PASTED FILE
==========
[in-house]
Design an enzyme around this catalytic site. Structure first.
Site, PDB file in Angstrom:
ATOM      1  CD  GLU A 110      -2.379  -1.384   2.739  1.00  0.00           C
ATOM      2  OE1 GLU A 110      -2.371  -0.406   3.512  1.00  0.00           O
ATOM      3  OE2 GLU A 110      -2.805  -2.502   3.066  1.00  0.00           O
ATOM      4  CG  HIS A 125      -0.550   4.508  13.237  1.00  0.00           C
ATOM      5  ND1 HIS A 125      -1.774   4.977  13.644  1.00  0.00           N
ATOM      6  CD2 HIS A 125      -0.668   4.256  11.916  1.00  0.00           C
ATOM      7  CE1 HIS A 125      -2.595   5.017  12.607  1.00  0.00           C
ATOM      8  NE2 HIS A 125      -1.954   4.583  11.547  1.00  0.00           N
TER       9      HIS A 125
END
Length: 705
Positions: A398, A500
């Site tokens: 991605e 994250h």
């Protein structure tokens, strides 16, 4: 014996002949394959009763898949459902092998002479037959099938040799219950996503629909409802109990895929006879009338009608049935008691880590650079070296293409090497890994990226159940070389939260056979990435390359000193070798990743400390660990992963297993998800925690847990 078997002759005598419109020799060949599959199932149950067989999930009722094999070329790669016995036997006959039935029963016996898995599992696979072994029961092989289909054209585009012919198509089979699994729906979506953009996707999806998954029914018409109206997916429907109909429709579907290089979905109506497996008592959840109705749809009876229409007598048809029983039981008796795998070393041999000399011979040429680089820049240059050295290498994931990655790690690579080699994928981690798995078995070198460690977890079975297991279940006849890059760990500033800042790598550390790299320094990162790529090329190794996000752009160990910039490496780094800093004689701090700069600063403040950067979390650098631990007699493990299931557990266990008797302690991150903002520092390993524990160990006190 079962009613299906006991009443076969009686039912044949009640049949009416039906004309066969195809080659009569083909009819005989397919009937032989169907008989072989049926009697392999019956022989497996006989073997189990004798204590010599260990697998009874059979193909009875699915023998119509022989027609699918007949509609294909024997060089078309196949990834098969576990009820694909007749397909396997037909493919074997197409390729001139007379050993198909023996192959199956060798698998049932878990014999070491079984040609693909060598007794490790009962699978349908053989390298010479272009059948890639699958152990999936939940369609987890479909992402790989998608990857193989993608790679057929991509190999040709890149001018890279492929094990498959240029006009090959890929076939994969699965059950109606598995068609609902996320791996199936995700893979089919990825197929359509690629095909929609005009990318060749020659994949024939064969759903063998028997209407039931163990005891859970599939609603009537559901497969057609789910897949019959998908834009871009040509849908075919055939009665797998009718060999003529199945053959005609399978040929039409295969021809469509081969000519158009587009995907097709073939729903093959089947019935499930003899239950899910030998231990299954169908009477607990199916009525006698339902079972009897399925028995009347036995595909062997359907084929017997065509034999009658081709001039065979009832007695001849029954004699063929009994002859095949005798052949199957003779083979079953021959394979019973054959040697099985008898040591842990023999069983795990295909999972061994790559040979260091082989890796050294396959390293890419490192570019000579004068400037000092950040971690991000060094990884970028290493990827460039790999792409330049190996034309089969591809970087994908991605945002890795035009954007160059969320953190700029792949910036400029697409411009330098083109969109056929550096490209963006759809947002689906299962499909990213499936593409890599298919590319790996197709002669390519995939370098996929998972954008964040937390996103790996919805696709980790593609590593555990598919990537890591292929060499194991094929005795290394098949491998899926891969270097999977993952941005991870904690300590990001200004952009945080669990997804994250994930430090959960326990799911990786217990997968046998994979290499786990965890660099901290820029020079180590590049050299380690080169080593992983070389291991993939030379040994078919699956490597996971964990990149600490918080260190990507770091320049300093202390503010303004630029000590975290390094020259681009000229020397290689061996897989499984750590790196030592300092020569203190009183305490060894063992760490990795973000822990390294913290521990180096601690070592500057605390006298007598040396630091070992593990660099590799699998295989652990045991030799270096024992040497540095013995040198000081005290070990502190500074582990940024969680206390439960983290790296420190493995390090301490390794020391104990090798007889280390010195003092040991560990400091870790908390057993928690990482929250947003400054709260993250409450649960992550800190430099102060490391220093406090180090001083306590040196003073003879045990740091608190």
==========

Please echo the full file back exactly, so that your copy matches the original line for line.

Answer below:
[in-house]
Design an enzyme around this catalytic site. Structure first.
Site, PDB file in Angstrom:
ATOM      1  CD  GLU A 110      -2.379  -1.384   2.739  1.00  0.00           C
ATOM      2  OE1 GLU A 110      -2.371  -0.406   3.512  1.00  0.00           O
ATOM      3  OE2 GLU A 110      -2.805  -2.502   3.066  1.00  0.00           O
ATOM      4  CG  HIS A 125      -0.550   4.508  13.237  1.00  0.00           C
ATOM      5  ND1 HIS A 125      -1.774   4.977  13.644  1.00  0.00           N
ATOM      6  CD2 HIS A 125      -0.668   4.256  11.916  1.00  0.00           C
ATOM      7  CE1 HIS A 125      -2.595   5.017  12.607  1.00  0.00           C
ATOM      8  NE2 HIS A 125      -1.954   4.583  11.547  1.00  0.00           N
TER       9      HIS A 125
END
Length: 705
Positions: A398, A500
């Site tokens: 991605e 994250h």
């Protein structure tokens, strides 16, 4: 014996002949394959009763898949459902092998002479037959099938040799219950996503629909409802109990895929006879009338009608049935008691880590650079070296293409090497890994990226159940070389939260056979990435390359000193070798990743400390660990992963297993998800925690847990 078997002759005598419109020799060949599959199932149950067989999930009722094999070329790669016995036997006959039935029963016996898995599992696979072994029961092989289909054209585009012919198509089979699994729906979506953009996707999806998954029914018409109206997916429907109909429709579907290089979905109506497996008592959840109705749809009876229409007598048809029983039981008796795998070393041999000399011979040429680089820049240059050295290498994931990655790690690579080699994928981690798995078995070198460690977890079975297991279940006849890059760990500033800042790598550390790299320094990162790529090329190794996000752009160990910039490496780094800093004689701090700069600063403040950067979390650098631990007699493990299931557990266990008797302690991150903002520092390993524990160990006190 079962009613299906006991009443076969009686039912044949009640049949009416039906004309066969195809080659009569083909009819005989397919009937032989169907008989072989049926009697392999019956022989497996006989073997189990004798204590010599260990697998009874059979193909009875699915023998119509022989027609699918007949509609294909024997060089078309196949990834098969576990009820694909007749397909396997037909493919074997197409390729001139007379050993198909023996192959199956060798698998049932878990014999070491079984040609693909060598007794490790009962699978349908053989390298010479272009059948890639699958152990999936939940369609987890479909992402790989998608990857193989993608790679057929991509190999040709890149001018890279492929094990498959240029006009090959890929076939994969699965059950109606598995068609609902996320791996199936995700893979089919990825197929359509690629095909929609005009990318060749020659994949024939064969759903063998028997209407039931163990005891859970599939609603009537559901497969057609789910897949019959998908834009871009040509849908075919055939009665797998009718060999003529199945053959005609399978040929039409295969021809469509081969000519158009587009995907097709073939729903093959089947019935499930003899239950899910030998231990299954169908009477607990199916009525006698339902079972009897399925028995009347036995595909062997359907084929017997065509034999009658081709001039065979009832007695001849029954004699063929009994002859095949005798052949199957003779083979079953021959394979019973054959040697099985008898040591842990023999069983795990295909999972061994790559040979260091082989890796050294396959390293890419490192570019000579004068400037000092950040971690991000060094990884970028290493990827460039790999792409330049190996034309089969591809970087994908991605945002890795035009954007160059969320953190700029792949910036400029697409411009330098083109969109056929550096490209963006759809947002689906299962499909990213499936593409890599298919590319790996197709002669390519995939370098996929998972954008964040937390996103790996919805696709980790593609590593555990598919990537890591292929060499194991094929005795290394098949491998899926891969270097999977993952941005991870904690300590990001200004952009945080669990997804994250994930430090959960326990799911990786217990997968046998994979290499786990965890660099901290820029020079180590590049050299380690080169080593992983070389291991993939030379040994078919699956490597996971964990990149600490918080260190990507770091320049300093202390503010303004630029000590975290390094020259681009000229020397290689061996897989499984750590790196030592300092020569203190009183305490060894063992760490990795973000822990390294913290521990180096601690070592500057605390006298007598040396630091070992593990660099590799699998295989652990045991030799270096024992040497540095013995040198000081005290070990502190500074582990940024969680206390439960983290790296420190493995390090301490390794020391104990090798007889280390010195003092040991560990400091870790908390057993928690990482929250947003400054709260993250409450649960992550800190430099102060490391220093406090180090001083306590040196003073003879045990740091608190």